In 2012 a small piece of legitimacy and respectability came my way in the form of a short story accepted for publication in an anthology series entitled An Honest Lie. I can’t tell you how much that little accomplishment rejuvenated me. It was like Popeye downing a can of Spinach! "I yam what I yam and tha's all what I yam… a-gah-gah-gah-gah-gah-gah!" I doubled my querying efforts for my mystery/thriller book, pitched it to an agent at a writer’s conference and landed a couple of full-requests. But since it wasn’t getting many nibbles, I decided to try a different direction. YA Horror. The first draft flowed from me like blood out of a head wound and I was more excited than ever (and so was my CP). My theme for that year was making it uncomfortable in my comfort zone…and it was starting to payoff.

Then the train de-railed on December 21, 2012 and everything changed. You could say it was pre-determined. Those of you with a good memory will remember that December 21 was the day the Mayan calendar predicted the world was going to end, but instead we received the diagnosis that my wife had breast cancer. I knew right then that most of the next year was going to be arduous. Life was going to force change upon us that I hoped would rally our family together, require maximum effort to overcome a deadly threat, and no small amount of personal sacrifice.

I was right.

68 comments

  1. I started writing in 1995...so my journey is just sad! But I took some time off in the 00s...a few years. By the time I came back to writing in the late 00s, everything had changed, which is how I ended up writing for younger people. I wrote romantic comedy in the 90s but as you can see from a trip to a movie theater, romantic comedy is pretty much dead!

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    1. Romantic Comedy...yep...that's a pretty hard nut to crack! :)

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  2. Having followed you through much of this journey, it's fun to see it all laid out :) Except for the sad parts. Those still aren't fun.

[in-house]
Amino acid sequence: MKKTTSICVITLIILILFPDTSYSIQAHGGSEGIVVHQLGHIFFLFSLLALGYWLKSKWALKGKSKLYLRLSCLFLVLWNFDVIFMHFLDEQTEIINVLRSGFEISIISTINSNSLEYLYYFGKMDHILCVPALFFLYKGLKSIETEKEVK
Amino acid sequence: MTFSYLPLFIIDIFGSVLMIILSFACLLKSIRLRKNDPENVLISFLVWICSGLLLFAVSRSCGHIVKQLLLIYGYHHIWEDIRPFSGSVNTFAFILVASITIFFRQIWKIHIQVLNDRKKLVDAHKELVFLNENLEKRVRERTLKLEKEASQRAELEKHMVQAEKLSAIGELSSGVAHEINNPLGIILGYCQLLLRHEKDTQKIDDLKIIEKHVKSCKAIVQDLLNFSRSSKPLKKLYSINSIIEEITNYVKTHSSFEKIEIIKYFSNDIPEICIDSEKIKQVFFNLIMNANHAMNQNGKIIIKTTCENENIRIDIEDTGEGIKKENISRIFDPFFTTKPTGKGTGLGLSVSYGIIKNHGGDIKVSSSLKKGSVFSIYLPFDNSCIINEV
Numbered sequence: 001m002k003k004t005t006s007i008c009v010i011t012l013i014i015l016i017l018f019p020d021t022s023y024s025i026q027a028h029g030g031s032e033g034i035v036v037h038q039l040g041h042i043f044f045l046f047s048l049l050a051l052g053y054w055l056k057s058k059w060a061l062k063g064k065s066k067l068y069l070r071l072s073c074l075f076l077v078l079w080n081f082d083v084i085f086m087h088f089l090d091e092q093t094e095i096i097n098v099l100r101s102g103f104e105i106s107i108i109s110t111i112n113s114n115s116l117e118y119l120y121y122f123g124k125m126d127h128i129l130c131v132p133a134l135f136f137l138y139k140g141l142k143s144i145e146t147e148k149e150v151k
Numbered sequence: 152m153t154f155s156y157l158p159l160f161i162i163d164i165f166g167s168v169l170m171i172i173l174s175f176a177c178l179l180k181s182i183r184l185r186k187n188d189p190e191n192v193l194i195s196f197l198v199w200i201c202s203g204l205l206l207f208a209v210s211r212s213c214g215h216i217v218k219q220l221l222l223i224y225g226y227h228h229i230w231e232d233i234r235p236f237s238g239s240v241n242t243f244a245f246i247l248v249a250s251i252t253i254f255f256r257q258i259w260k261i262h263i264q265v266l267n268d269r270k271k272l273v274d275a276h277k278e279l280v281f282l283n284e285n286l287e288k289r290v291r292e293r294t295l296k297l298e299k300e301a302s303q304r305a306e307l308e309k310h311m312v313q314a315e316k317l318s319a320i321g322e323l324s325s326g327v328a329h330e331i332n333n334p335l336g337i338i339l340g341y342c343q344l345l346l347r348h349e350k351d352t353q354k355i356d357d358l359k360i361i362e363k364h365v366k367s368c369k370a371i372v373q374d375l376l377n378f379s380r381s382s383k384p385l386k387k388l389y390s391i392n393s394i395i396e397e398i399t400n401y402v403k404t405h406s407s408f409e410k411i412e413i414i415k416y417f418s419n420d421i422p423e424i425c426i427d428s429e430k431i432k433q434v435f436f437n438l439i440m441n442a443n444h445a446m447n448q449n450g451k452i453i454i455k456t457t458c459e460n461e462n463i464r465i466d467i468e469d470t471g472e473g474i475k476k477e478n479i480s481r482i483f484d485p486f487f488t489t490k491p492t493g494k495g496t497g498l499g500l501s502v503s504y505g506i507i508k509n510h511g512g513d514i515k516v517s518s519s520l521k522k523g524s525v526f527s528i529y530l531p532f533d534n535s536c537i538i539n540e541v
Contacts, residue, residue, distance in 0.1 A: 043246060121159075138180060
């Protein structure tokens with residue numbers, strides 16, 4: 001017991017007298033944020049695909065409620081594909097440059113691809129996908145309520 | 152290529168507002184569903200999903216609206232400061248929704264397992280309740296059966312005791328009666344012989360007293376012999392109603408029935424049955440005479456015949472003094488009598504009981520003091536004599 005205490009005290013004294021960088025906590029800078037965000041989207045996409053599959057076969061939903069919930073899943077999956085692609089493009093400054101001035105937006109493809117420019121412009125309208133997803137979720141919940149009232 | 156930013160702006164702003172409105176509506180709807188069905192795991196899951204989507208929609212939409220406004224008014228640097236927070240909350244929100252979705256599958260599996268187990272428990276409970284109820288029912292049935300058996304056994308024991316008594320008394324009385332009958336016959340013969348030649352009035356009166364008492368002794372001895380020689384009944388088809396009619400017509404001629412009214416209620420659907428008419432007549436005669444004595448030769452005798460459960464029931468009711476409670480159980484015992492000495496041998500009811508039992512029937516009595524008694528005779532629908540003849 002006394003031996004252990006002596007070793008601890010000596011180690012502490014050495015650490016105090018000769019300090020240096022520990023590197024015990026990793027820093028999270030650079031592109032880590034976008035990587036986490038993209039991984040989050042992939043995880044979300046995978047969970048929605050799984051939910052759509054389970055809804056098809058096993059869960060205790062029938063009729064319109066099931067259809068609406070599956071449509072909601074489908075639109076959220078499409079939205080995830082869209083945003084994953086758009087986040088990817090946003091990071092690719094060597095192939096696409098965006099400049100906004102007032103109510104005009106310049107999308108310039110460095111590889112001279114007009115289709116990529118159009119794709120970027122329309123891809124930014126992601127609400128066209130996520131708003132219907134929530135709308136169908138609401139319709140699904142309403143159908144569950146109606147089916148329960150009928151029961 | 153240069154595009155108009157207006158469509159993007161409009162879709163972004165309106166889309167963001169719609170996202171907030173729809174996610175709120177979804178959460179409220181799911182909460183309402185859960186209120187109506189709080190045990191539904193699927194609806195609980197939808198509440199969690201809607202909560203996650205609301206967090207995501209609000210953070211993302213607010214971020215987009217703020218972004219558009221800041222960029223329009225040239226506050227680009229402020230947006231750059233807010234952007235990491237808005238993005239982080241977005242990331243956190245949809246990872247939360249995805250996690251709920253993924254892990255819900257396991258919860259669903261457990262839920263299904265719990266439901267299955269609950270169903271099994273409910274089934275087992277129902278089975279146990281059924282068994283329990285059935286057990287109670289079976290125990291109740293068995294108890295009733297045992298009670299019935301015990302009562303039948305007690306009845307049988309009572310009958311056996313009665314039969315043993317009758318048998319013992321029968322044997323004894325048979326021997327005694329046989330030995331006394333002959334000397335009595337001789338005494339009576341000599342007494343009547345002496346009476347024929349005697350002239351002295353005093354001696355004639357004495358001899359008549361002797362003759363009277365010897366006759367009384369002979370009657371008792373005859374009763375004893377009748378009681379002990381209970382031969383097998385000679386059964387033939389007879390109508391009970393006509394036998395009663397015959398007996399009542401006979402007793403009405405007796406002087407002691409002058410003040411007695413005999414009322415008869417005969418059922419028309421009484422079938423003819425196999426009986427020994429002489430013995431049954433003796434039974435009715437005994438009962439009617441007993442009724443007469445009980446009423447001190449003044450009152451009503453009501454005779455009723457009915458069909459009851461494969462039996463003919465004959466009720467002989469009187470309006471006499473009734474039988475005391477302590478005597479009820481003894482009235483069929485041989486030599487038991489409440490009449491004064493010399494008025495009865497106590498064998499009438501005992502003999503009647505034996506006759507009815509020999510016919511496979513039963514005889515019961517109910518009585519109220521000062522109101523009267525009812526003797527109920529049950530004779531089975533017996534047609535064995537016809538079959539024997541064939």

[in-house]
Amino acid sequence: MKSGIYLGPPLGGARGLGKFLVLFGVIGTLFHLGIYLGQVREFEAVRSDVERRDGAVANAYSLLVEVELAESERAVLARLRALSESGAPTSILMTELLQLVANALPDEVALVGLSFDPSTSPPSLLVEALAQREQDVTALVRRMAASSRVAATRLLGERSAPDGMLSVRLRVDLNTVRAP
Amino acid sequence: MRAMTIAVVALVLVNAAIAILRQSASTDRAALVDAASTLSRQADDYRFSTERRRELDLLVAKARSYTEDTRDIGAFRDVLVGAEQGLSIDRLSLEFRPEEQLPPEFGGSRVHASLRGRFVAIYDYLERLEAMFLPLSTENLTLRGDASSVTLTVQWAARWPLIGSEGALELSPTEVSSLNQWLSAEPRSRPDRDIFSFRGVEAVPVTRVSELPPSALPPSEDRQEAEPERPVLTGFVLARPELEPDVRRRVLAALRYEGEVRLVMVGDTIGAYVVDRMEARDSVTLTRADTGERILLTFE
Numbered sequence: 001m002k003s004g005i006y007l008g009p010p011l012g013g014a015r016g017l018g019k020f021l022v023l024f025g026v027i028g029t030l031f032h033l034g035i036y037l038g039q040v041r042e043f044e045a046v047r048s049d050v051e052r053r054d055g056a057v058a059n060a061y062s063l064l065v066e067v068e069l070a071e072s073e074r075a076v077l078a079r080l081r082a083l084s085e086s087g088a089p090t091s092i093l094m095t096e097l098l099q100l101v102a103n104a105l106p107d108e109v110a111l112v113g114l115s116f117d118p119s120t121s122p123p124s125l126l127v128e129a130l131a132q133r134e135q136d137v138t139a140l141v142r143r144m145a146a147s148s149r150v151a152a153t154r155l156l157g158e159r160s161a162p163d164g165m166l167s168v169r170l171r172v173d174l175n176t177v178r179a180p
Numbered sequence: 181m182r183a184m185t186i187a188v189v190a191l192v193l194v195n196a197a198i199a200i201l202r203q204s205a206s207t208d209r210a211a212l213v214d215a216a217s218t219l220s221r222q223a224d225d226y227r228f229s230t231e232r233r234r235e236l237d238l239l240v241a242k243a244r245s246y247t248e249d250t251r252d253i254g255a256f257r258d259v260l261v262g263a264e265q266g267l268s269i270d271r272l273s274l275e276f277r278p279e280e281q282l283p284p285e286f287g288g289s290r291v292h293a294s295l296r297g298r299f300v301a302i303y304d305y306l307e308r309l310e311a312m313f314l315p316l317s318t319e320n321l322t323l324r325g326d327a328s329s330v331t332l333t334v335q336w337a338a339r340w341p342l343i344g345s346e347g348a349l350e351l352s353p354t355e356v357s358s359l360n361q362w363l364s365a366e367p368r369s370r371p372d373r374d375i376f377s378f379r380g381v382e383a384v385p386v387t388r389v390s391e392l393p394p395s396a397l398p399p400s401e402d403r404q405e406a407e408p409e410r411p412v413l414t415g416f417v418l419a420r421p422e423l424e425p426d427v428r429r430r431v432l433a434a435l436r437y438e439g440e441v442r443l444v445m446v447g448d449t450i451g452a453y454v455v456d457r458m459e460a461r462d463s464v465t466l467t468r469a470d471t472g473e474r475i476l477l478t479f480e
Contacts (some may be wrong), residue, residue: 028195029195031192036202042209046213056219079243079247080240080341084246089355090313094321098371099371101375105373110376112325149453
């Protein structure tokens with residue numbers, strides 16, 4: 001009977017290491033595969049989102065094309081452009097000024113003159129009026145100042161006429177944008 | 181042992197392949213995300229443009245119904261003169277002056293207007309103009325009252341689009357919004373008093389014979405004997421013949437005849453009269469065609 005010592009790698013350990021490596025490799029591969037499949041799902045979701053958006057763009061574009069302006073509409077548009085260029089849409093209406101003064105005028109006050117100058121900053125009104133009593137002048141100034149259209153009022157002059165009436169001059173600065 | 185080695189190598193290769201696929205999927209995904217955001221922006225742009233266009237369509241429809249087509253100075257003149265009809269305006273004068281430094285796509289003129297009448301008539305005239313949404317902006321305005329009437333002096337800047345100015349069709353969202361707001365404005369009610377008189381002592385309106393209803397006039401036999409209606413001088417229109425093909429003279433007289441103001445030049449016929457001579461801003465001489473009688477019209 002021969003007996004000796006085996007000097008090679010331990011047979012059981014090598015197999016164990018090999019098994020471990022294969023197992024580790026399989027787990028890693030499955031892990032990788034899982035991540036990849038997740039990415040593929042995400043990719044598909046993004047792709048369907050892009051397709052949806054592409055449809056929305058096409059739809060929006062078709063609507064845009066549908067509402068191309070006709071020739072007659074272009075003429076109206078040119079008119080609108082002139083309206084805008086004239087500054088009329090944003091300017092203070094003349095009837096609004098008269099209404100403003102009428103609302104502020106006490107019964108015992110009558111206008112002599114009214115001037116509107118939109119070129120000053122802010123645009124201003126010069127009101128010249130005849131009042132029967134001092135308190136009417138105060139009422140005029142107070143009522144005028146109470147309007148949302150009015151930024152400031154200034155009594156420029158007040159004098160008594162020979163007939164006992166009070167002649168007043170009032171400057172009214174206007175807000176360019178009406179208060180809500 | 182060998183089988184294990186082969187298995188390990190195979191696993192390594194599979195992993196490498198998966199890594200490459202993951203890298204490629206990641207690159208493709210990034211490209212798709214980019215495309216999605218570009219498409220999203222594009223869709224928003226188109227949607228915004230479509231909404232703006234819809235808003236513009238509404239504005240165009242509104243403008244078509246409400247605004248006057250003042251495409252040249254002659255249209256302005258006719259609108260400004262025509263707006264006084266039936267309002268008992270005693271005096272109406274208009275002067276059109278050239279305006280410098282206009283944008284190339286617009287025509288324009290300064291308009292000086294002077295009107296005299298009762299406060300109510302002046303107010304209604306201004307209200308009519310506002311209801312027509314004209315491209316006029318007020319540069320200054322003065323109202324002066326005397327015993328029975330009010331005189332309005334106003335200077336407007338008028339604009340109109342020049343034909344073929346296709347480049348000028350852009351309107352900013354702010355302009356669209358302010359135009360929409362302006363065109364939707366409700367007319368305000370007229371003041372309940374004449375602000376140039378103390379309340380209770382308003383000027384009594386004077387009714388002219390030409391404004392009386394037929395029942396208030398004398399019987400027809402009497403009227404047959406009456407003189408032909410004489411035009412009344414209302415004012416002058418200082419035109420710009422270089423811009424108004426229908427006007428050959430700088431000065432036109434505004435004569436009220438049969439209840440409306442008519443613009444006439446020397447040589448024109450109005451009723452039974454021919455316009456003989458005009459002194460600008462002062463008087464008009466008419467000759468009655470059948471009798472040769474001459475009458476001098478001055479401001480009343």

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    1. The sad parts only make you appreciate where you are now even more! :)

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  3. Thank God she came through all of that.
    You've had a quite a journey. Glad you stuck with it.

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  4. Like a rubber ball you kept bouncing back. Resilience is an essential component to success. This is the kind of story I like to hear.

    Arlee Bird
    A to Z Challenge Co-host
    Tossing It Out

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    1. I'm either a rubber ball...or a piece of gum stuck to your show that you can't get rid of! :)

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  5. I'm always amazed at how resilient humans are. We are a come-back group if there ever was one. Here's to your continued success and let's hope some good health news in your future.

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    1. There's a come-back story in all of us somewhere. :)

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  6. You've had a long journey, Don, but I know great things are looming up ahead! You've earned them and THEN SOME.